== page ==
Sorry, you can’t even escape ChatGPT when you’re working now
Businesses around the world will soon be able to use ChatGPT after the increasingly popular AI service launched a new API designed specifically for businesses.
Now, OpenAI, the company behind AI chatbots, has demonstrated consumers’ willingness to use artificial intelligence to such an extent that it has turned its attention to monetizing its large-scale language model training tools.
The company recently launched a $20 per month trial subscription membership that allows paying users to access the service even during peak hours, while free users would otherwise be locked out, among other small perks — now rolling out An enterprise-focused extra service.
Enterprise Edition ChatGPT
OpenAI co-founder Greg Brockman explained technology crisis (opens in a new tab) The same GPT-3.5 model powers the enterprise-facing API, but in a slightly tweaked format, known as gpt-3.5-turbo. This will allow for more frequent updates to prevent unwanted ChatGPT behavior and make AI tools better suited to the needs of businesses.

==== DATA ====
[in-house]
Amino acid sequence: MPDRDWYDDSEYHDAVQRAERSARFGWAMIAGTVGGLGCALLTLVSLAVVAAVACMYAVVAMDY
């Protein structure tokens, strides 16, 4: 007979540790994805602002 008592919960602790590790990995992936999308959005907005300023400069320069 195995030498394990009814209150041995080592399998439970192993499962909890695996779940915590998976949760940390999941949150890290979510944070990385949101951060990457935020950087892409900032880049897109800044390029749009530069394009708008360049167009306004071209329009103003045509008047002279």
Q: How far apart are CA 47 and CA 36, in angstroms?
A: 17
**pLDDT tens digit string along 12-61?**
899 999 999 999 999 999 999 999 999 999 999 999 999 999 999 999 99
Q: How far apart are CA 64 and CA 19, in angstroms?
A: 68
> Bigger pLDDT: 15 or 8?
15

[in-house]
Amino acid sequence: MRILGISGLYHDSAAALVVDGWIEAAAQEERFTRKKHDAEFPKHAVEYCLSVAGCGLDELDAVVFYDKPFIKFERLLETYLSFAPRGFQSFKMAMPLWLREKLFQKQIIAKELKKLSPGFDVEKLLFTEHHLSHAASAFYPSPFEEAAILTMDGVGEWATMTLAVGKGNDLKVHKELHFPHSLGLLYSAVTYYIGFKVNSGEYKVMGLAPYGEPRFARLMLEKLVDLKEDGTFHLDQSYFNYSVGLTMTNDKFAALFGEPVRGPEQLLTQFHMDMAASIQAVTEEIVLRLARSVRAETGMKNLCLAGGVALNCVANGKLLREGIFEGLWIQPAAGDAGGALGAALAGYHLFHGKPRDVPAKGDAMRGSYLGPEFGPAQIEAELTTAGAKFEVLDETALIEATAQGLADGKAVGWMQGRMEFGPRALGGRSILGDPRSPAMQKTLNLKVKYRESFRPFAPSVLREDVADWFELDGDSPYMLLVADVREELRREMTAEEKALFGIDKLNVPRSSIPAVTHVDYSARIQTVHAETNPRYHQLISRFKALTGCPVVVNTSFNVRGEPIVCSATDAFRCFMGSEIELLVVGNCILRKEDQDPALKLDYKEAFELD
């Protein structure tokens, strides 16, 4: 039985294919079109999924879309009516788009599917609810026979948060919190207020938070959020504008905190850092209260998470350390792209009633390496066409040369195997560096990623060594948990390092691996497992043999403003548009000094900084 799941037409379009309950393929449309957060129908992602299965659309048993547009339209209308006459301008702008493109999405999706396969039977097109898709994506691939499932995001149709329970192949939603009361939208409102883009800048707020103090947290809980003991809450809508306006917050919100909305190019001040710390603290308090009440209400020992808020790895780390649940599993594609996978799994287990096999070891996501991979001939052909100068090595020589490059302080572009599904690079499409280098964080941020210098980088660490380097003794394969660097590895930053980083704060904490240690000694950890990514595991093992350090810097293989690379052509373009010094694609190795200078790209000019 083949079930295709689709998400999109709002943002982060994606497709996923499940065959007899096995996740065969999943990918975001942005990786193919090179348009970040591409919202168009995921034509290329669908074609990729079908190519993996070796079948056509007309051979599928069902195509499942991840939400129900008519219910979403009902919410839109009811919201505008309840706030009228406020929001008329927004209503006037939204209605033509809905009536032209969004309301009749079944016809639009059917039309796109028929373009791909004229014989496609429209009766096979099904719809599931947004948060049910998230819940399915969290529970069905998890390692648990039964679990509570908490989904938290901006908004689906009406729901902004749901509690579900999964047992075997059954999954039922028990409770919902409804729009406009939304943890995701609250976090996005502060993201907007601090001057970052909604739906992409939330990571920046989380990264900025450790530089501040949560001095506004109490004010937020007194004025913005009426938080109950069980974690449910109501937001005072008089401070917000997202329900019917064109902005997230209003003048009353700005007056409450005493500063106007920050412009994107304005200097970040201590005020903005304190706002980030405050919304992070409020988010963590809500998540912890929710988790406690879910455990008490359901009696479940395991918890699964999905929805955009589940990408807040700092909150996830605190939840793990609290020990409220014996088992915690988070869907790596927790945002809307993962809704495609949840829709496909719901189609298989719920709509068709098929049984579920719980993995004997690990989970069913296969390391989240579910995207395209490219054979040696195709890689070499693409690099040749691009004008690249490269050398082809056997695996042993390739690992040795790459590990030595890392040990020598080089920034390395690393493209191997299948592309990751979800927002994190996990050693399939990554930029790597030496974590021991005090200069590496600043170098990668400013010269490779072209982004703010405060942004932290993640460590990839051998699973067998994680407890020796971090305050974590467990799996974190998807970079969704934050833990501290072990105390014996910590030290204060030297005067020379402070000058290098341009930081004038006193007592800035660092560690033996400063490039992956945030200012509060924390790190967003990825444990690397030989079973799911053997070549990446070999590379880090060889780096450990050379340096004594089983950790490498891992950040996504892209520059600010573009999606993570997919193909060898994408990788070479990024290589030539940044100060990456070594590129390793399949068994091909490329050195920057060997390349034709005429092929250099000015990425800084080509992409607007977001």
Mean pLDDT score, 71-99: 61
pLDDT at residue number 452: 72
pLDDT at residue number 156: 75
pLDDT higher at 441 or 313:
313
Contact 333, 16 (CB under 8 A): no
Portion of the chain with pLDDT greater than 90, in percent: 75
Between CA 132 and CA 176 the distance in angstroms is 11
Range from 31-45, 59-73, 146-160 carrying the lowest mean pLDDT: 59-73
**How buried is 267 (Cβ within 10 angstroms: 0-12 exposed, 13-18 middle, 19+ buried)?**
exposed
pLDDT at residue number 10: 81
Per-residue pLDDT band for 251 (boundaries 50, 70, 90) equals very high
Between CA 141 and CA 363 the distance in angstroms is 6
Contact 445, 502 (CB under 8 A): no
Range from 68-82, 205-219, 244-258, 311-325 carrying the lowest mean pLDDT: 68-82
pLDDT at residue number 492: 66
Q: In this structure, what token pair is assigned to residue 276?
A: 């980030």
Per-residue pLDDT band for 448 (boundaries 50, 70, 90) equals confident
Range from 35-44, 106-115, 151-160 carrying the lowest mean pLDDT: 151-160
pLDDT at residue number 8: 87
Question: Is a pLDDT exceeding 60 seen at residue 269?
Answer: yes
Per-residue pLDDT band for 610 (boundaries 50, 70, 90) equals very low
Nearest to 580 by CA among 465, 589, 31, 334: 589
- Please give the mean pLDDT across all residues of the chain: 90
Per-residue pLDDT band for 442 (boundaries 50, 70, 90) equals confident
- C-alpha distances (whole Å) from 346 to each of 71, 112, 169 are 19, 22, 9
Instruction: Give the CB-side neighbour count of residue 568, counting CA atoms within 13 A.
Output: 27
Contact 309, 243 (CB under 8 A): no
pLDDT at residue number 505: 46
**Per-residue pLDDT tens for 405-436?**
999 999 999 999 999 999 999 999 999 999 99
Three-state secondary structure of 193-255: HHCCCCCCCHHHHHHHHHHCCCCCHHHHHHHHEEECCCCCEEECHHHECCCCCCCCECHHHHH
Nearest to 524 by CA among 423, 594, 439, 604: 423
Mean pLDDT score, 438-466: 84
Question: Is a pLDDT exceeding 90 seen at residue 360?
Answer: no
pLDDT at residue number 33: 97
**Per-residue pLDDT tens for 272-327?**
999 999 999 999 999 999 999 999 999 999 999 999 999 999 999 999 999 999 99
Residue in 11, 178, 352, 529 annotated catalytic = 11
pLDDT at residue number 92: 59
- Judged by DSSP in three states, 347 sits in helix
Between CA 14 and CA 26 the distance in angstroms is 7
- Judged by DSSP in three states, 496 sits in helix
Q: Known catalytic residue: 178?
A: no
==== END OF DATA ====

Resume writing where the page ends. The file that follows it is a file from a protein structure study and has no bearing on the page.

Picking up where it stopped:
The API is said to power non-chat apps as well, with Snap, Quizlet, Instacart and Shopify all working on the technology.
It’s priced at $0.002 per 1,000 tokens, or about 750 words, which will somewhat cover the service’s monthly running costs, which can amount to hundreds of thousands or even millions of dollars. Chief executive Sam Altman has previously called the company’s operating costs “mouthwatering,” accounting for pennies per chat in computing costs alone.
Brockman added that businesses will be able to share prompts such as “responses honestly in a fun way” based on user input to help curate better responses.
Since ChatGPT launched in public preview format in November 2022, it has amassed millions of monthly active users and attracted an incredible following.
OpenAI’s LLM tool has almost limitless uses, and in addition to this API being used by businesses, we’ve seen it integrated into many Microsoft products. Clearly, then, we’re likely to encounter small snippets of the technology in services we’re already familiar with, rather than heading straight to the ChatGPT website.